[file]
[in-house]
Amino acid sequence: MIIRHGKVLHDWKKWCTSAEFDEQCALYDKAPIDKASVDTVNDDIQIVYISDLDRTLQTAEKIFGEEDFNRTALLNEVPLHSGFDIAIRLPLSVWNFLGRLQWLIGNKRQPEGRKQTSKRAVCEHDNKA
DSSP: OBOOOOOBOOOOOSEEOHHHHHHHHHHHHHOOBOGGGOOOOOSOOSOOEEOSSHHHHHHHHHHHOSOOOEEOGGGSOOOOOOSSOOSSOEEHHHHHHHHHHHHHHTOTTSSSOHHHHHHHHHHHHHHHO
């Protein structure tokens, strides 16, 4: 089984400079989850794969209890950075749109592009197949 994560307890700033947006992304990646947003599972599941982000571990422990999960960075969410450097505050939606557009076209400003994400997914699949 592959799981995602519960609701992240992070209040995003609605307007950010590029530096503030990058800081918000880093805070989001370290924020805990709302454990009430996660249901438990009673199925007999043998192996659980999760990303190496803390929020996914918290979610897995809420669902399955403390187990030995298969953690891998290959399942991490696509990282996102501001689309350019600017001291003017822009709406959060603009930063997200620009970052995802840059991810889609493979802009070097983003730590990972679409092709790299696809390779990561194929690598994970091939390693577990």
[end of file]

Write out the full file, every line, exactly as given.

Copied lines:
[in-house]
Amino acid sequence: MIIRHGKVLHDWKKWCTSAEFDEQCALYDKAPIDKASVDTVNDDIQIVYISDLDRTLQTAEKIFGEEDFNRTALLNEVPLHSGFDIAIRLPLSVWNFLGRLQWLIGNKRQPEGRKQTSKRAVCEHDNKA
DSSP: OBOOOOOBOOOOOSEEOHHHHHHHHHHHHHOOBOGGGOOOOOSOOSOOEEOSSHHHHHHHHHHHOSOOOEEOGGGSOOOOOOSSOOSSOEEHHHHHHHHHHHHHHTOTTSSSOHHHHHHHHHHHHHHHO
């Protein structure tokens, strides 16, 4: 089984400079989850794969209890950075749109592009197949 994560307890700033947006992304990646947003599972599941982000571990422990999960960075969410450097505050939606557009076209400003994400997914699949 592959799981995602519960609701992240992070209040995003609605307007950010590029530096503030990058800081918000880093805070989001370290924020805990709302454990009430996660249901438990009673199925007999043998192996659980999760990303190496803390929020996914918290979610897995809420669902399955403390187990030995298969953690891998290959399942991490696509990282996102501001689309350019600017001291003017822009709406959060603009930063997200620009970052995802840059991810889609493979802009070097983003730590990972679409092709790299696809390779990561194929690598994970091939390693577990």